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KNOXVILLE — Leadership from University of Tennessee students and administrators has made the University of Tennessee a regional and national leader in the Environmental Protection Agency’s Green Power Partner program.

UT uses more green power than any other organization in Tennessee and has the fourth largest green power program in the Southeast. UT also ranks 16th nationwide among all colleges and universities that participate in the program, according to EPA data released this week. UT’s green power purchase is made using funds from the Student Environmental Initiatives Facilities Fee.

The fee of $5 per semester is the collaborative result of a student initiative to encourage green power usage and administration efforts to make UT a leader in environmental programs.

“I’m very excited UT has committed to supporting our local renewable energy economy, and has engaged in efforts to promote campus sustainability,” said Jon Paul Plumlee, clean energy co-chair of SPEAK, a UT student environmental group. “Through campus education, students will become increasingly aware of how their daily actions affect the surrounding world.”

Another reflection of UT’s leadership effort is the university’s recognition as a partner in the Tennessee Department of Environment and Conservation’s Tennessee Pollution Prevention Partnership (TP3). UT was recognized for its environmental plan to improve air quality, conserve water and energy and reduce waste produced by the university.

This week, UT students will continue to “Make Orange Green” by trading in their old light bulbs for more energy efficient ones, and in the process conserve energy, save UT money and learn more about the simple things they can do to help the environment.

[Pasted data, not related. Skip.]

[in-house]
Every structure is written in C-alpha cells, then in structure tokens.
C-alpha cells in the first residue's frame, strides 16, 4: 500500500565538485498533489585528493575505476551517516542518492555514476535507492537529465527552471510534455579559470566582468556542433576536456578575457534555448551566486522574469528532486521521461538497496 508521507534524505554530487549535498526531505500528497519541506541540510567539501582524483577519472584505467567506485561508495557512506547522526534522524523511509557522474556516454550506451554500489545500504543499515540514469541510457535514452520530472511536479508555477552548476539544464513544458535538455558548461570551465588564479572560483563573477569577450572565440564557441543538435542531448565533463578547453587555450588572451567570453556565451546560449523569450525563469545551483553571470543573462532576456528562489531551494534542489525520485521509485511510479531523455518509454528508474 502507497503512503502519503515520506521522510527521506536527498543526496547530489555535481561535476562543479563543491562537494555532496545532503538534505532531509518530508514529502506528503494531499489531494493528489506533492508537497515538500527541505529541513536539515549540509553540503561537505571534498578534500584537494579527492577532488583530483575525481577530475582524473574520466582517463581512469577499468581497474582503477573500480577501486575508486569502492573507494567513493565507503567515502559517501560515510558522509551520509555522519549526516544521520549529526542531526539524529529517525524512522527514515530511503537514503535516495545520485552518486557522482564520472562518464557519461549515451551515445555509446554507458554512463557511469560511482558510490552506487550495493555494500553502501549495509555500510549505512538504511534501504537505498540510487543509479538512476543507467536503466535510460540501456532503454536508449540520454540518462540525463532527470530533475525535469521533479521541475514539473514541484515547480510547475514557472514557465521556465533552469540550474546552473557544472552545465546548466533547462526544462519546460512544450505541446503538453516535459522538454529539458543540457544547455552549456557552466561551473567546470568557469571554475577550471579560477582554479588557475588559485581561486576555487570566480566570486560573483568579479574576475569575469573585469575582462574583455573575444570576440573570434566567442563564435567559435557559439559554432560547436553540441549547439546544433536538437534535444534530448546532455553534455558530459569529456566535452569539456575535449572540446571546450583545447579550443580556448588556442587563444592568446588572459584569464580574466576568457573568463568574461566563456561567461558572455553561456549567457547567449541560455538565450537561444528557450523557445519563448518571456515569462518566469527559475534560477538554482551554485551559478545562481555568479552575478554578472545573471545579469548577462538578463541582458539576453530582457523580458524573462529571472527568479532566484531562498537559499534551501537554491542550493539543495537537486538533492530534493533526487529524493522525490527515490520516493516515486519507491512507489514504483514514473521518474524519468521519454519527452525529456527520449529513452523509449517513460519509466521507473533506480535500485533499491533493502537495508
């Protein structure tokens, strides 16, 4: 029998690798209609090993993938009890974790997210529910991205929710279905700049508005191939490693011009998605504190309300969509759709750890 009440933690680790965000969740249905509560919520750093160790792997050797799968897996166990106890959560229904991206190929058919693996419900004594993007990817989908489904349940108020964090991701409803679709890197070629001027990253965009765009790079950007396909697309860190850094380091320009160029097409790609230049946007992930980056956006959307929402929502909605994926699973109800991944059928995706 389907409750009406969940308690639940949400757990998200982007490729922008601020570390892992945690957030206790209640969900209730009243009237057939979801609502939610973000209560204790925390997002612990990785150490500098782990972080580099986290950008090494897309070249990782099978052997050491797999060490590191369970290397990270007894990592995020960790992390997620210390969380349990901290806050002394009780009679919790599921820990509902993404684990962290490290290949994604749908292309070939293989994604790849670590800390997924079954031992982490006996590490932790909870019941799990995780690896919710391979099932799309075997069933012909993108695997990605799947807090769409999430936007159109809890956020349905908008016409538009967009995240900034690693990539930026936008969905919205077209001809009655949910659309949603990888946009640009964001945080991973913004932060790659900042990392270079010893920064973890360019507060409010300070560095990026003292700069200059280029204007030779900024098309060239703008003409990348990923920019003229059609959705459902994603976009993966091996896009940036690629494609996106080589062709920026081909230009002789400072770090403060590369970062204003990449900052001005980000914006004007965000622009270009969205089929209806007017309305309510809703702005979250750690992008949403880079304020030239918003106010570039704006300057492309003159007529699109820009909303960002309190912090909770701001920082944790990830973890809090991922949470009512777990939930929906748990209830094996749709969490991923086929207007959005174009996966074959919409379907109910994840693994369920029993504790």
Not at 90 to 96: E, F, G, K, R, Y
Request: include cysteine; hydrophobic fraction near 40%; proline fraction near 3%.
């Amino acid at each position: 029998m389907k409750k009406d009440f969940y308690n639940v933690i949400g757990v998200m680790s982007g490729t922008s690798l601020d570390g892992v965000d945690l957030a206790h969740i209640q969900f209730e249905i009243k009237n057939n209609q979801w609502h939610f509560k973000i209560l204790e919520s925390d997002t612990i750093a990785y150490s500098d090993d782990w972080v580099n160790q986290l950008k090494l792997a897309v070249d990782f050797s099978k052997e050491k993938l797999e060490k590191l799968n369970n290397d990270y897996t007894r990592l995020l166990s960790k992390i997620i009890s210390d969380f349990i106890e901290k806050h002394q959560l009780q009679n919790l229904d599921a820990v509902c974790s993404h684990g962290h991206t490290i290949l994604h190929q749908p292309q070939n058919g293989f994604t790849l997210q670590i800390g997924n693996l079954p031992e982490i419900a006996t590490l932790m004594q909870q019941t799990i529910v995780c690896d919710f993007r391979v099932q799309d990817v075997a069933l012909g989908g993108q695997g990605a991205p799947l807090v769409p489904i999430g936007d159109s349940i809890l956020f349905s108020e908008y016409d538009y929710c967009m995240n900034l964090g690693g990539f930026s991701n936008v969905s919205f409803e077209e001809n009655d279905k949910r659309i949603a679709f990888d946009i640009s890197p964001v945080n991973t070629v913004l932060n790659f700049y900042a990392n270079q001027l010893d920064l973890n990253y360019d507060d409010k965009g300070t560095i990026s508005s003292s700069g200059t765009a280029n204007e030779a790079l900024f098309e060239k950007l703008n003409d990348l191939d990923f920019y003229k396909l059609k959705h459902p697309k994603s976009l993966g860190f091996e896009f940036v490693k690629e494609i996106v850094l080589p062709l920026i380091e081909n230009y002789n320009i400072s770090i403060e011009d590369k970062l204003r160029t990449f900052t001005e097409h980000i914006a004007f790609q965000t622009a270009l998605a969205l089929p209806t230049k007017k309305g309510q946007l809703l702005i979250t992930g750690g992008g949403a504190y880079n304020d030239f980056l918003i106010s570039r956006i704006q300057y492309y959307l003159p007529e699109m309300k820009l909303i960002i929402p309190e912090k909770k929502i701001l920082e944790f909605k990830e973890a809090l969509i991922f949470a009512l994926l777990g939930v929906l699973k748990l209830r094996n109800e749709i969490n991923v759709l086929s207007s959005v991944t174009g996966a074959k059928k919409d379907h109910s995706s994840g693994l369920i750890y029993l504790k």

Each day between 4 and 7 p.m., students living in residence halls will exchange conventional light bulbs they might normally use in lamps for energy efficient compact fluorescent bulbs — free of charge.

“By giving students more efficient light bulbs, we can make a significant impact on energy usage,” said Sarah Surak, coordinator of UT’s recycling programs. “More than that, though, we can help students see the large impact of small actions, and get them thinking about other ways they can act.”

The newer bulbs, while slightly more expensive than conventional light bulbs, will last three times longer. They use substantially less energy than standard bulbs, which leads to a savings of $6 per bulb per year. This savings in energy costs far outweighs the difference in price.

In addition, reduced energy use from each of the new bulbs will offset the emission of 239 pounds of sulfur dioxide, nitrous oxide and carbon monoxide, leading to cleaner air for East Tennessee.

Only a few colleges from around the country have undertaken programs like UT’s light bulb exchange. By purchasing 2,500 of the new energy-efficient bulbs, UT could potentially reduce its energy use by nearly 200 megawatt-hours annually. One thousand bulbs will be available during this event, and more will be available later in the year.

In addition to the light bulb exchange, UT is using funds from the student environmental fee to replace lighting fixtures in a number of buildings around campus to add to the reduction in power usage. Energy efficiency, though, is only one part of UT’s commitment to “Make Orange Green.” From using hybrid vehicles to maintaining recycling as a campus priority, UT will continue to be a leader in environmental efforts.
Contact: Jay Mayfield (865-974-9409)